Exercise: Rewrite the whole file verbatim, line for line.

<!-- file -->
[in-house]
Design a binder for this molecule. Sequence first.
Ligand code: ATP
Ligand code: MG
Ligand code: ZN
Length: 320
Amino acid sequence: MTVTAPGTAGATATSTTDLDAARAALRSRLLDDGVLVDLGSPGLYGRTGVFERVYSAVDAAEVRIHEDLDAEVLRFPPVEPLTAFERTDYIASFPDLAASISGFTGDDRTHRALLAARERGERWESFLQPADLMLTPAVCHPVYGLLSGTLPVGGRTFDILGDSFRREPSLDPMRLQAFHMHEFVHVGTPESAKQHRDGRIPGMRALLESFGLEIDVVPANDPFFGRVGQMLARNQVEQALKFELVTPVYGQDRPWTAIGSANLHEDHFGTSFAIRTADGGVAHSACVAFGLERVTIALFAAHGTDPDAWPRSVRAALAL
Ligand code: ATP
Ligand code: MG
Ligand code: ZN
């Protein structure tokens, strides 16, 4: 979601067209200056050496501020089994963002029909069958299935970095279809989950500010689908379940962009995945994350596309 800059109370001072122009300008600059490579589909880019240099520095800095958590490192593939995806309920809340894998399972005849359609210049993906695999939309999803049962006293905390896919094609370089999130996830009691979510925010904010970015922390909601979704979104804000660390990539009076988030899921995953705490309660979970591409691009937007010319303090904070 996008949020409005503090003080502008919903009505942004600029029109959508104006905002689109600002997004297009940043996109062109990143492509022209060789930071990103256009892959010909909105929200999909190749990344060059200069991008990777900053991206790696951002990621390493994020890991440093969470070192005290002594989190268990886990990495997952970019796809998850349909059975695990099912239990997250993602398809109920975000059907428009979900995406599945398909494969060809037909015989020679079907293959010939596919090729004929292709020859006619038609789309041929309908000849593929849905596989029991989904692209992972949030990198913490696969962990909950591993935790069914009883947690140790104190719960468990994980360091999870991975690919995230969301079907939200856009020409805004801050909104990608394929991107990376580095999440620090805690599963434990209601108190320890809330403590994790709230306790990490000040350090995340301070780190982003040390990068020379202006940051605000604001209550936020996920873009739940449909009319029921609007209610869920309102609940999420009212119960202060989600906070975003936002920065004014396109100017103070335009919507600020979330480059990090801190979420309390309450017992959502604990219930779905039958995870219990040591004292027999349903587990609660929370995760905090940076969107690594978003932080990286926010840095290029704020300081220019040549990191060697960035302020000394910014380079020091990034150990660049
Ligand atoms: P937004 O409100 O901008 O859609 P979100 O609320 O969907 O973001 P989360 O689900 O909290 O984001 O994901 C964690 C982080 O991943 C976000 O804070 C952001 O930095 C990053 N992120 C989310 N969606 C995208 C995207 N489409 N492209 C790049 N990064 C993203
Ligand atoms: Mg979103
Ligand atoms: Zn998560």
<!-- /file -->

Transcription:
[in-house]
Design a binder for this molecule. Sequence first.
Ligand code: ATP
Ligand code: MG
Ligand code: ZN
Length: 320
Amino acid sequence: MTVTAPGTAGATATSTTDLDAARAALRSRLLDDGVLVDLGSPGLYGRTGVFERVYSAVDAAEVRIHEDLDAEVLRFPPVEPLTAFERTDYIASFPDLAASISGFTGDDRTHRALLAARERGERWESFLQPADLMLTPAVCHPVYGLLSGTLPVGGRTFDILGDSFRREPSLDPMRLQAFHMHEFVHVGTPESAKQHRDGRIPGMRALLESFGLEIDVVPANDPFFGRVGQMLARNQVEQALKFELVTPVYGQDRPWTAIGSANLHEDHFGTSFAIRTADGGVAHSACVAFGLERVTIALFAAHGTDPDAWPRSVRAALAL
Ligand code: ATP
Ligand code: MG
Ligand code: ZN
């Protein structure tokens, strides 16, 4: 979601067209200056050496501020089994963002029909069958299935970095279809989950500010689908379940962009995945994350596309 800059109370001072122009300008600059490579589909880019240099520095800095958590490192593939995806309920809340894998399972005849359609210049993906695999939309999803049962006293905390896919094609370089999130996830009691979510925010904010970015922390909601979704979104804000660390990539009076988030899921995953705490309660979970591409691009937007010319303090904070 996008949020409005503090003080502008919903009505942004600029029109959508104006905002689109600002997004297009940043996109062109990143492509022209060789930071990103256009892959010909909105929200999909190749990344060059200069991008990777900053991206790696951002990621390493994020890991440093969470070192005290002594989190268990886990990495997952970019796809998850349909059975695990099912239990997250993602398809109920975000059907428009979900995406599945398909494969060809037909015989020679079907293959010939596919090729004929292709020859006619038609789309041929309908000849593929849905596989029991989904692209992972949030990198913490696969962990909950591993935790069914009883947690140790104190719960468990994980360091999870991975690919995230969301079907939200856009020409805004801050909104990608394929991107990376580095999440620090805690599963434990209601108190320890809330403590994790709230306790990490000040350090995340301070780190982003040390990068020379202006940051605000604001209550936020996920873009739940449909009319029921609007209610869920309102609940999420009212119960202060989600906070975003936002920065004014396109100017103070335009919507600020979330480059990090801190979420309390309450017992959502604990219930779905039958995870219990040591004292027999349903587990609660929370995760905090940076969107690594978003932080990286926010840095290029704020300081220019040549990191060697960035302020000394910014380079020091990034150990660049
Ligand atoms: P937004 O409100 O901008 O859609 P979100 O609320 O969907 O973001 P989360 O689900 O909290 O984001 O994901 C964690 C982080 O991943 C976000 O804070 C952001 O930095 C990053 N992120 C989310 N969606 C995208 C995207 N489409 N492209 C790049 N990064 C993203
Ligand atoms: Mg979103
Ligand atoms: Zn998560």